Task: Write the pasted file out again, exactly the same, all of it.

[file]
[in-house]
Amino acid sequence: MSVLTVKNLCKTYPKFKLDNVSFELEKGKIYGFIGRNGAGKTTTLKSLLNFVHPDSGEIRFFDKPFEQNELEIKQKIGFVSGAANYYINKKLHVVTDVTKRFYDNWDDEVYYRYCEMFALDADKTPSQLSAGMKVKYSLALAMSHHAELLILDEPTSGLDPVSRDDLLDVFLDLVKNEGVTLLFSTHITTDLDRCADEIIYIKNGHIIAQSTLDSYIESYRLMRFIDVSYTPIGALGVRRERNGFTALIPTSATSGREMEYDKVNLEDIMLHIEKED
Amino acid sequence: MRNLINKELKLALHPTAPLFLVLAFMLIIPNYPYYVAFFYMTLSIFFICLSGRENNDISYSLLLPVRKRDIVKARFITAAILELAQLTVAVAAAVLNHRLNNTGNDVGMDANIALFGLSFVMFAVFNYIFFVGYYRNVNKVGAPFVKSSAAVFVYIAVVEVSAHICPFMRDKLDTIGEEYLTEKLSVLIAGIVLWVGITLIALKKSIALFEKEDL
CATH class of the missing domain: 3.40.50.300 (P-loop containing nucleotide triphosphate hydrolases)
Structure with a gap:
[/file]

[in-house]
Amino acid sequence: MSVLTVKNLCKTYPKFKLDNVSFELEKGKIYGFIGRNGAGKTTTLKSLLNFVHPDSGEIRFFDKPFEQNELEIKQKIGFVSGAANYYINKKLHVVTDVTKRFYDNWDDEVYYRYCEMFALDADKTPSQLSAGMKVKYSLALAMSHHAELLILDEPTSGLDPVSRDDLLDVFLDLVKNEGVTLLFSTHITTDLDRCADEIIYIKNGHIIAQSTLDSYIESYRLMRFIDVSYTPIGALGVRRERNGFTALIPTSATSGREMEYDKVNLEDIMLHIEKED
Amino acid sequence: MRNLINKELKLALHPTAPLFLVLAFMLIIPNYPYYVAFFYMTLSIFFICLSGRENNDISYSLLLPVRKRDIVKARFITAAILELAQLTVAVAAAVLNHRLNNTGNDVGMDANIALFGLSFVMFAVFNYIFFVGYYRNVNKVGAPFVKSSAAVFVYIAVVEVSAHICPFMRDKLDTIGEEYLTEKLSVLIAGIVLWVGITLIALKKSIALFEKEDL
CATH class of the missing domain: 3.40.50.300 (P-loop containing nucleotide triphosphate hydrolases)
Structure with a gap: